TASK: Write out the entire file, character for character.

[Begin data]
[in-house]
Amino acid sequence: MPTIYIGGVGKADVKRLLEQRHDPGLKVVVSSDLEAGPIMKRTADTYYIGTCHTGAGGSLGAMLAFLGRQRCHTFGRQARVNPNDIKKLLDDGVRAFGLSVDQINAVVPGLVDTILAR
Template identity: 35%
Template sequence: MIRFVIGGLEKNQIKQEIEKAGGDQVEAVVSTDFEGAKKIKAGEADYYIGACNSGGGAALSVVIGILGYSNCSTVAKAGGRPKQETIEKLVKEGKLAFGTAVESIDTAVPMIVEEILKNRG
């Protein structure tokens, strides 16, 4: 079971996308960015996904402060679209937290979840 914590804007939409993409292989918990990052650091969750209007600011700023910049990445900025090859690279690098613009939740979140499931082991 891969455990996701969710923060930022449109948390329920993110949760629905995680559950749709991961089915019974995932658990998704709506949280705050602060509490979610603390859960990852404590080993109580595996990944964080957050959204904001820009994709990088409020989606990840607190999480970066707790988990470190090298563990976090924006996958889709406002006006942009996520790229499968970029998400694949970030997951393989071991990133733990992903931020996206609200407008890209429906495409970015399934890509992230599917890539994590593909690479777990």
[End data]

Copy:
[in-house]
Amino acid sequence: MPTIYIGGVGKADVKRLLEQRHDPGLKVVVSSDLEAGPIMKRTADTYYIGTCHTGAGGSLGAMLAFLGRQRCHTFGRQARVNPNDIKKLLDDGVRAFGLSVDQINAVVPGLVDTILAR
Template identity: 35%
Template sequence: MIRFVIGGLEKNQIKQEIEKAGGDQVEAVVSTDFEGAKKIKAGEADYYIGACNSGGGAALSVVIGILGYSNCSTVAKAGGRPKQETIEKLVKEGKLAFGTAVESIDTAVPMIVEEILKNRG
């Protein structure tokens, strides 16, 4: 079971996308960015996904402060679209937290979840 914590804007939409993409292989918990990052650091969750209007600011700023910049990445900025090859690279690098613009939740979140499931082991 891969455990996701969710923060930022449109948390329920993110949760629905995680559950749709991961089915019974995932658990998704709506949280705050602060509490979610603390859960990852404590080993109580595996990944964080957050959204904001820009994709990088409020989606990840607190999480970066707790988990470190090298563990976090924006996958889709406002006006942009996520790229499968970029998400694949970030997951393989071991990133733990992903931020996206609200407008890209429906495409970015399934890509992230599917890539994590593909690479777990």